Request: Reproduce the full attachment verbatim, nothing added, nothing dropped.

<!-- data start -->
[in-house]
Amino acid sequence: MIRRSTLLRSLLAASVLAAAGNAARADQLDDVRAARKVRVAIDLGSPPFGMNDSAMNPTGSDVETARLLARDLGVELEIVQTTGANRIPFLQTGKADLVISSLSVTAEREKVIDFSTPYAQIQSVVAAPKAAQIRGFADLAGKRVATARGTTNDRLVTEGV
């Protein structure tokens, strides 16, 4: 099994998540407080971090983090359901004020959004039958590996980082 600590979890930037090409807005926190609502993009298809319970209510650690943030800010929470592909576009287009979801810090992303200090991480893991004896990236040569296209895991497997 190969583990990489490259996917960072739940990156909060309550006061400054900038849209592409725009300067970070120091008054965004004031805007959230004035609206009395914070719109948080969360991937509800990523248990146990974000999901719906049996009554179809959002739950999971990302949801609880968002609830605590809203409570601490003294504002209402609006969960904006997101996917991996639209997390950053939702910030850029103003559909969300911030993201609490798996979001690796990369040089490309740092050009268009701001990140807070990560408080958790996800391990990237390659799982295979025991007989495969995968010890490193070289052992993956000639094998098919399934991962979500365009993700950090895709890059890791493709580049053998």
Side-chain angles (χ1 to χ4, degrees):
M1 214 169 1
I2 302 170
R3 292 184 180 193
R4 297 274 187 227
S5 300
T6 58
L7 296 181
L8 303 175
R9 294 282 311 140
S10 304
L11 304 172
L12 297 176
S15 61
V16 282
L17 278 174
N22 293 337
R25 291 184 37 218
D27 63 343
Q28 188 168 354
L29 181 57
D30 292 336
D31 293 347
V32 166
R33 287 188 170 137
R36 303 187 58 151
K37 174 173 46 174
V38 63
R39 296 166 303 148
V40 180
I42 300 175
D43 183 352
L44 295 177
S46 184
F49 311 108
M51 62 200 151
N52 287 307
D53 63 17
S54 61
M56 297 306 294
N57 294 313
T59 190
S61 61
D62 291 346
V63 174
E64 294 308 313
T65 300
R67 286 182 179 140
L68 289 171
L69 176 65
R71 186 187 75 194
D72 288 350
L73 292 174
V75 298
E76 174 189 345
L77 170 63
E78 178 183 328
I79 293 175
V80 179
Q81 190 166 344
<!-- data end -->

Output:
[in-house]
Amino acid sequence: MIRRSTLLRSLLAASVLAAAGNAARADQLDDVRAARKVRVAIDLGSPPFGMNDSAMNPTGSDVETARLLARDLGVELEIVQTTGANRIPFLQTGKADLVISSLSVTAEREKVIDFSTPYAQIQSVVAAPKAAQIRGFADLAGKRVATARGTTNDRLVTEGV
């Protein structure tokens, strides 16, 4: 099994998540407080971090983090359901004020959004039958590996980082 600590979890930037090409807005926190609502993009298809319970209510650690943030800010929470592909576009287009979801810090992303200090991480893991004896990236040569296209895991497997 190969583990990489490259996917960072739940990156909060309550006061400054900038849209592409725009300067970070120091008054965004004031805007959230004035609206009395914070719109948080969360991937509800990523248990146990974000999901719906049996009554179809959002739950999971990302949801609880968002609830605590809203409570601490003294504002209402609006969960904006997101996917991996639209997390950053939702910030850029103003559909969300911030993201609490798996979001690796990369040089490309740092050009268009701001990140807070990560408080958790996800391990990237390659799982295979025991007989495969995968010890490193070289052992993956000639094998098919399934991962979500365009993700950090895709890059890791493709580049053998």
Side-chain angles (χ1 to χ4, degrees):
M1 214 169 1
I2 302 170
R3 292 184 180 193
R4 297 274 187 227
S5 300
T6 58
L7 296 181
L8 303 175
R9 294 282 311 140
S10 304
L11 304 172
L12 297 176
S15 61
V16 282
L17 278 174
N22 293 337
R25 291 184 37 218
D27 63 343
Q28 188 168 354
L29 181 57
D30 292 336
D31 293 347
V32 166
R33 287 188 170 137
R36 303 187 58 151
K37 174 173 46 174
V38 63
R39 296 166 303 148
V40 180
I42 300 175
D43 183 352
L44 295 177
S46 184
F49 311 108
M51 62 200 151
N52 287 307
D53 63 17
S54 61
M56 297 306 294
N57 294 313
T59 190
S61 61
D62 291 346
V63 174
E64 294 308 313
T65 300
R67 286 182 179 140
L68 289 171
L69 176 65
R71 186 187 75 194
D72 288 350
L73 292 174
V75 298
E76 174 189 345
L77 170 63
E78 178 183 328
I79 293 175
V80 179
Q81 190 166 344